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Five Things a PR Pro Should Never Do
By: Elizabeth Friedland
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Things You Should Never Do as a PR Professional:
Pitch Non-News.
Many times a client will approach you, acknowledge they have no news (or worse, insist that an irrelevant or very minor bit of information qualifies as news), expecting the PR team to land coverage in every major publication in town. Don’t do this. By spamming out information that truly isn’t newsworthy, you’re conditioning the reporter to ignore you, your client, and eventually anyone who identifies themselves as publicists. Instead, come up with ways to create an initiative that actually does warrant media coverage, or brainstorm other ways besides media placements to accomplish the clients’ goals.
Promise Anything.
It’s too easy to get swept up in the excitement of a new campaign or client and promise the world: “The media is going to eat this up!” “We can definitely give you an exclusive interview with our celebrity spokesperson at 4 a.m.” “There’s no way the Today Show would turn this down.” Yet it just takes one broken promise — whether it was under your control or not — to alienate a client or journalist. Promise the client that your team will work hard. Promise the journalist that you’ll do all you can to secure an interview that meets their deadline. But never promise results. In the field of PR, there’s no such thing as a sure bet.
Measure placements with AVEs.
PR isn’t advertising, so why measure PR success by advertising standards? AVEs (advertising value equivalents) don’t take into account tone, accuracy, penetration, or true reach. While the topic of PR measurement warrants a blog unto itself, a great starting point is this presentation from Joanne Puckett, Vice President and Research Director at Ketchum Global Research Network. She makes excellent points as to why AVE’s don’t do PR any justice, and what metrics to use as a better alternative. Start here to break yourself of the terrible AVE habit and educate your clients as to why they should too.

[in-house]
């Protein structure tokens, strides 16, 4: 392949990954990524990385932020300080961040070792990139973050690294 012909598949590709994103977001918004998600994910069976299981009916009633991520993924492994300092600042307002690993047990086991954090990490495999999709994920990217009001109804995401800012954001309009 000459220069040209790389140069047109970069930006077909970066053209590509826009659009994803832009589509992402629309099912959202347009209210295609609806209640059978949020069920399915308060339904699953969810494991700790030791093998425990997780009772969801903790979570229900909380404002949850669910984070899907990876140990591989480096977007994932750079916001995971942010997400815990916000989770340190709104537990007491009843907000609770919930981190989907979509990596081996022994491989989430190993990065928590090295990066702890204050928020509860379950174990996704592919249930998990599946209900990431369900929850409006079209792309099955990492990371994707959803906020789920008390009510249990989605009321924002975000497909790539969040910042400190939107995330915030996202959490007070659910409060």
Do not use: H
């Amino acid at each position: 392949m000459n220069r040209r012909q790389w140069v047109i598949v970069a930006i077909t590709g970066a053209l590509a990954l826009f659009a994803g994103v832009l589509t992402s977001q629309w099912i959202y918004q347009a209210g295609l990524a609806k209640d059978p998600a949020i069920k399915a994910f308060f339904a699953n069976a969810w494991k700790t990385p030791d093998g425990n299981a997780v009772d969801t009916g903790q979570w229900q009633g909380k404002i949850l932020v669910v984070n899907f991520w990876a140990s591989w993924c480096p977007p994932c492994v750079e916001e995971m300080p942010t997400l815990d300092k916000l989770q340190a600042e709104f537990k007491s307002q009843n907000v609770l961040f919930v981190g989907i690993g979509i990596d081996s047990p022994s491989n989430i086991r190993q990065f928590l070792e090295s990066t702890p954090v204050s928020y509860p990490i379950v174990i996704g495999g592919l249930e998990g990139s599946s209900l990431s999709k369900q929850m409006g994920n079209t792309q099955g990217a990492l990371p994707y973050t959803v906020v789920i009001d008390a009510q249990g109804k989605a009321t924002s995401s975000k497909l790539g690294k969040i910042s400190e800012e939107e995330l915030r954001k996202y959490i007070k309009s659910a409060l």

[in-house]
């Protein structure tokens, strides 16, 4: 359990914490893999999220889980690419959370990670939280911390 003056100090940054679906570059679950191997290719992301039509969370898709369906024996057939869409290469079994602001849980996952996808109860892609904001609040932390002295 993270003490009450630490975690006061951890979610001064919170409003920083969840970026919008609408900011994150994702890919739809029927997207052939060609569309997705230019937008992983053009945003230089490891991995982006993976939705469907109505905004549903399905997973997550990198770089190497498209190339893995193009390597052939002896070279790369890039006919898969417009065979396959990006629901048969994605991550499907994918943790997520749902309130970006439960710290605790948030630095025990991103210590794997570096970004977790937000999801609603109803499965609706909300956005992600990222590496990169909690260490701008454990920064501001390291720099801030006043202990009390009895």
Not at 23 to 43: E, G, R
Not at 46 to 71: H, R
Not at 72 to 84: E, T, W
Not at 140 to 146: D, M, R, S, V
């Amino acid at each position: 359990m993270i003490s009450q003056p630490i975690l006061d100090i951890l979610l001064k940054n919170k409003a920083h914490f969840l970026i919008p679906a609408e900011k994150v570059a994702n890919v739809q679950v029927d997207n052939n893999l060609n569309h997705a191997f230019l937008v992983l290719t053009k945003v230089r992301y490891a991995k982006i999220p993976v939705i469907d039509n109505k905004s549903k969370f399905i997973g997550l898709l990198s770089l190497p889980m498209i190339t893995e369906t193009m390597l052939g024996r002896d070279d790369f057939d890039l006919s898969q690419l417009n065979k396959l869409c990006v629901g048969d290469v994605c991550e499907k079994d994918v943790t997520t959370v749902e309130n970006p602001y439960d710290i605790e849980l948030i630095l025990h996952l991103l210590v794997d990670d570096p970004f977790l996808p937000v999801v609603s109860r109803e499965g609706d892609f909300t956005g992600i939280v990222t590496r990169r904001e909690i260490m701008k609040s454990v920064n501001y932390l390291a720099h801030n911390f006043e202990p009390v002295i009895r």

Say “No Comment.”
Repeat after me: There is never a reason to say “no comment.” “No comment” means “I have something to hide,” or “The bad things you’re hearing are true,” or “The rumors are accurate but I’m not allowed to confirm them yet,” or “My company doesn’t value our relationship with the media.” Instead, provide all the information you can disclose, and explain why you aren’t able to provide the information a reporter may need if you’re truly prevented from disclosing it. Then give exact details about when you can provide more information — and follow through.
Step Into Unethical Territory.
While this sounds like obvious advice, PR ethics can be complicated and hazy, especially as these rules try to keep pace with the changing digital times. A few of the big ones: Do insist bloggers and journalists disclose freebies and perks received by your company or clients. Don’t expect coverage in return for anything — favors, ad buys, free products, or special treatment. Do remember to disclose contributing authors of blog posts rather than stray into the murky territory of “ghost blogging.” Essentially, don’t engage in any PR tactics or strategy you wouldn’t want revealed on the front page of The New York Times.

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About the Author
Elizabeth Friedland in Senior Digital Strategist, specializing in PR, at Hirons Advertising & Public Relations. To learn more than you ever wanted to know about her, visit www.elizabethfriedland.com.
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